The charted pattern was a breeze to follow, and I was able to knit it up very quickly. The hat is knit in the round, with a tidy colorwork brim that is folded under and knit into place. I only noticed one minor error — in one section, the dashes between the words don’t align horizontally — and that was easy enough to correct as I knit. I love the color combination in this hat, although it’s a little challenging to read the words against the gradient.

It can be difficult for me to determine gauge on stranded colorwork projects because I tend to either knit a little tight or a little loose, and that can change throughout the project. This pattern calls for 27 stitches per four inches (10 cm), and I came close at 27 1/2 stitches. If anything, that should have made the hat slightly narrower, but somehow the circumference is about a half inch larger than the pattern says it should be.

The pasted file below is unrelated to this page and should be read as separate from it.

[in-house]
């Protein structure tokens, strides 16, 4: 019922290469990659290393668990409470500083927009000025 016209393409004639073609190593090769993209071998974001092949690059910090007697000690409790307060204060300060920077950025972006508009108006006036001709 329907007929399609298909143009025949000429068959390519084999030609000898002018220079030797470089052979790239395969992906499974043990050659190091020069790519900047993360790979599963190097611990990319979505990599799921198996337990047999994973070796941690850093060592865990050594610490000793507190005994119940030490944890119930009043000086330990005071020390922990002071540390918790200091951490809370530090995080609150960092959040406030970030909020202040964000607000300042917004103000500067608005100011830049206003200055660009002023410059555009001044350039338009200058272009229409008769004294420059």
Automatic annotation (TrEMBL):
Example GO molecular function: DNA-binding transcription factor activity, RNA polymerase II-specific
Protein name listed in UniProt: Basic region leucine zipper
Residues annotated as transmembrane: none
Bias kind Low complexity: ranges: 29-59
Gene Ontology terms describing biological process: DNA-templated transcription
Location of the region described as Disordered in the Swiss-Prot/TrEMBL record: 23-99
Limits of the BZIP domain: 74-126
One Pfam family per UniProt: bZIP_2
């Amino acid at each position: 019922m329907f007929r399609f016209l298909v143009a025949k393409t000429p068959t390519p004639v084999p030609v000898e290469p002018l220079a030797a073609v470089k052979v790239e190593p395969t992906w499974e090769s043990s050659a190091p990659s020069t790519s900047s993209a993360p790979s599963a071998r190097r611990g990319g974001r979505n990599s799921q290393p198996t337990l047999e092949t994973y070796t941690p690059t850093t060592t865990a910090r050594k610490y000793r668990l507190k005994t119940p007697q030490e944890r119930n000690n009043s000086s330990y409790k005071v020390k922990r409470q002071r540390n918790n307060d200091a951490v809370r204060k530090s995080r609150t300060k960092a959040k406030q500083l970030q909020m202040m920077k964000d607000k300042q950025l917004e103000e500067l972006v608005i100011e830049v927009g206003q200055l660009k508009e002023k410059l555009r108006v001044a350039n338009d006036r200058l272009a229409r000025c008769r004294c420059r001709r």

Top View of HamilKnit Knit Hat Inspired by Hamilton Musical

We haven’t worked out yet whose hat this will be, but I have a feeling that eventually I’ll be making enough of these for everyone in our immediate family. As is, the hat fits me pretty well but is too large for our children. If I stick with using wool yarns for future versions, I can felt the hats to make them fit smaller heads as necessary.

Meanwhile, I’ll be singing along with this relevant line from one of the first songs on the soundtrack: “Every action’s an act of creation!”